EPA sought comment on proposed risk mitigation procedures following LSLR or a LSL disturbance, such as the appropriateness of pitcher filters. The proposed rule categorized disturbances into two types: Minor disturbances that require consumer notification and flushing, and more significant disturbances requiring consumer notification, flushing, and pitcher filters. Some commenters claimed that high velocity flushing is appropriate for all disturbances and that filters should not be required as a result of any disturbance. EPA agrees that flushing can be effective at reducing lead in drinking water but disagrees that it is adequate in response to all disturbances. Use of pitcher filters or POU devices over a period of months can help reduce lead exposure from more significant disturbances that may cause sustained elevated lead concentrations over weeks or months. EPA has determined that pitcher filters provide the most viable and efficient option for both water systems and consumers. EPA agrees that POU devices are also effective for risk mitigation and acknowledges that some water systems may prefer POU devices to pitcher filters. It is important to note that systems that elect to distribute POU for risk mitigation after an LSLR are not required to maintain and/or own the devices since they would be used only for short-term mitigation and not for compliance purposes. Small water systems that select POU devices as their compliance alternative must maintain and test devices to be in compliance with the LCRR. EPA also received comments suggesting that notification and risk mitigation be provided after a customer's water is turned back on. A commenter noted that some work may require a customer's water to be turned on and off multiple times. EPA agrees with the commenter that providing notification and risk mitigation before the consumer uses the water is of primary importance and has revised the requirement for notification and risk communication to be provided prior to the water system returning the affected service line to service.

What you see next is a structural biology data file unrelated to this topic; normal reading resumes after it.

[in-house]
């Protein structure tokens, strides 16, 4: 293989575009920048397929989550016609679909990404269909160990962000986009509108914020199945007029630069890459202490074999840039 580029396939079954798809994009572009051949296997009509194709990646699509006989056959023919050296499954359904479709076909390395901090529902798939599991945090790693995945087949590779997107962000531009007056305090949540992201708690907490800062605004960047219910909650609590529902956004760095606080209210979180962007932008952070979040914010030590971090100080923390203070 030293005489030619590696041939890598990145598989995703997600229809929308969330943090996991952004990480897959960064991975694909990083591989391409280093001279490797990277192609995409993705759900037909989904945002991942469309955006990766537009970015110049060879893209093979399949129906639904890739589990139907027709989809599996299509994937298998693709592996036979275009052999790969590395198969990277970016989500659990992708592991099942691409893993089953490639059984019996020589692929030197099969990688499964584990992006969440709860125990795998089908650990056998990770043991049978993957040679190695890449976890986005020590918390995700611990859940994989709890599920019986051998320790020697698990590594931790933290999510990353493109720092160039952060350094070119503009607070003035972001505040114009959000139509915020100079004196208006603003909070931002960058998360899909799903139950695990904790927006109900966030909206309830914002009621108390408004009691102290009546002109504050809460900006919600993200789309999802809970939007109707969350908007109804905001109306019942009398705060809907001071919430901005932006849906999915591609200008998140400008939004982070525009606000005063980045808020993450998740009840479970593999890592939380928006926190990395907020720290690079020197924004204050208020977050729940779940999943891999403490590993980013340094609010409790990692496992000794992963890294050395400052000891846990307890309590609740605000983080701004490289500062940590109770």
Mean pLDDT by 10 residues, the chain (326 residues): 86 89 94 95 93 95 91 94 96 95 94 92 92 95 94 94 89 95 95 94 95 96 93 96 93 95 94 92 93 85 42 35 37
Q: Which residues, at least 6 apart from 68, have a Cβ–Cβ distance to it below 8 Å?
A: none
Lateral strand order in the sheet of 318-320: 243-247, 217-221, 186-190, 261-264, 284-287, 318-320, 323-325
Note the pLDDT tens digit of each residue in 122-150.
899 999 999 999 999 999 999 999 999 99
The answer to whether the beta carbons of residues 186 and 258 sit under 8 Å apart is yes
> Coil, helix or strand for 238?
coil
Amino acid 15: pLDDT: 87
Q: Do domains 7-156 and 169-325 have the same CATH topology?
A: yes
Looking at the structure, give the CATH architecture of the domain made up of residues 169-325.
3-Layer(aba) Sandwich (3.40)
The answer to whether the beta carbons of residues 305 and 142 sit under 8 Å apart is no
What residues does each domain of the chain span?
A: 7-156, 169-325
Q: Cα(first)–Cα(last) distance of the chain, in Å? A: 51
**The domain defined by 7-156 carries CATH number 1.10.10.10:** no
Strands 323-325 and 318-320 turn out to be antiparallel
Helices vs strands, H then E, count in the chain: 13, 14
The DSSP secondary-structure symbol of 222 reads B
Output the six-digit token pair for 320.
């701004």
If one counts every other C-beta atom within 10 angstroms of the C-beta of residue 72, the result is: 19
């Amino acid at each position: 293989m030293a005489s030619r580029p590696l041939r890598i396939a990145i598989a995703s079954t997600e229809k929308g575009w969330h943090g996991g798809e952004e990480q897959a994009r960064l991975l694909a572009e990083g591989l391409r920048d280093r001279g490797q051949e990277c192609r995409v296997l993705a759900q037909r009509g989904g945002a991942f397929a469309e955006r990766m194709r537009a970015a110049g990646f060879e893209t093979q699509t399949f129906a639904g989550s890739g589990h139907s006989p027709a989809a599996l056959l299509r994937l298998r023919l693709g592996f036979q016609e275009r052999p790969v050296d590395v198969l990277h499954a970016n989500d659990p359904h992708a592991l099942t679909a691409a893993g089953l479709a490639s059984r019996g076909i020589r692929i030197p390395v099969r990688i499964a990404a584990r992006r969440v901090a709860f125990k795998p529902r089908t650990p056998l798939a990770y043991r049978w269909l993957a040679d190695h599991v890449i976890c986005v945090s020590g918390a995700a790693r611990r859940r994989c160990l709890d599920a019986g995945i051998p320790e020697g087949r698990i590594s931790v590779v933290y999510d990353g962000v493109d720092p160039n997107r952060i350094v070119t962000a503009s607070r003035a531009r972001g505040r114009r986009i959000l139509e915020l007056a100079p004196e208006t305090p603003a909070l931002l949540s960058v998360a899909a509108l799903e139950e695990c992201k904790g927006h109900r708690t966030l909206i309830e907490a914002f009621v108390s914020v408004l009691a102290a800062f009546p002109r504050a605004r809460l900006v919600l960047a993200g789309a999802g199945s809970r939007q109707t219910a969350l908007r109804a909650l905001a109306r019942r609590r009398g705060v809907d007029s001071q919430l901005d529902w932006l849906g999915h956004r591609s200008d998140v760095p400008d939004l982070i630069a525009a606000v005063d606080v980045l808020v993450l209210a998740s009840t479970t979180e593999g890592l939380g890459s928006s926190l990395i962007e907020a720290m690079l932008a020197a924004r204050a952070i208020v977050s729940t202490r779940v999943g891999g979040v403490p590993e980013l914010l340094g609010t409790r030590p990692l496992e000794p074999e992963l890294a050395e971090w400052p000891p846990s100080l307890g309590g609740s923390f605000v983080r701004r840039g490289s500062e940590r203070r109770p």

EPA received many comments calling for the final rule to ban partial LSLR Start Printed Page 4218under all circumstances. Commenters noted that partial replacements are not effective at reducing lead in drinking water and may cause a temporary lead spike. Many other comments supported the proposal's allowance of partial replacements, claiming that in some cases partial replacements are unavoidable, such as during emergency repairs. EPA agrees that it is not feasible to ban partial LSLR in all situations. Although partial LSLR can cause lead levels to be temporarily elevated, the practice may sometimes be unavoidable, such as resulting from an emergency repair. In another scenario, other water system activities may result in a significant LSL disturbance and the water system may find it appropriate to remove the portion it owns, while the customer does not agree to replace his or her portion. Because of circumstances such as those, it is appropriate for the rule to not prohibit all partial LSLR. The final rule discourages the practice of partial LSLR by excluding it from counting towards goal and mandatory LSLR rates, while also ensuring risk mitigation steps are taken when partials are conducted. One commenter noted that their state prohibits partial LSLR and considers lead connectors to be part of the LSL. The commenter sought clarification in the final rule as to how systems would comply with their partial LSLR ban as well as the proposed requirement to replace lead connectors as they are encountered. EPA agrees with this commenter and has provided clarification in the final rule to allow an exemption from the requirement to replace lead connectors as they are encountered if state law bans partial LSLR, includes lead connectors in the LSL definition, and requires systems to remove all LSLs irrespective of a system's 90th percentile lead level. This new provision will facilitate compliance with both state and Federal law while ensuring that consistent progress towards the replacement of lead connectors will occur over time.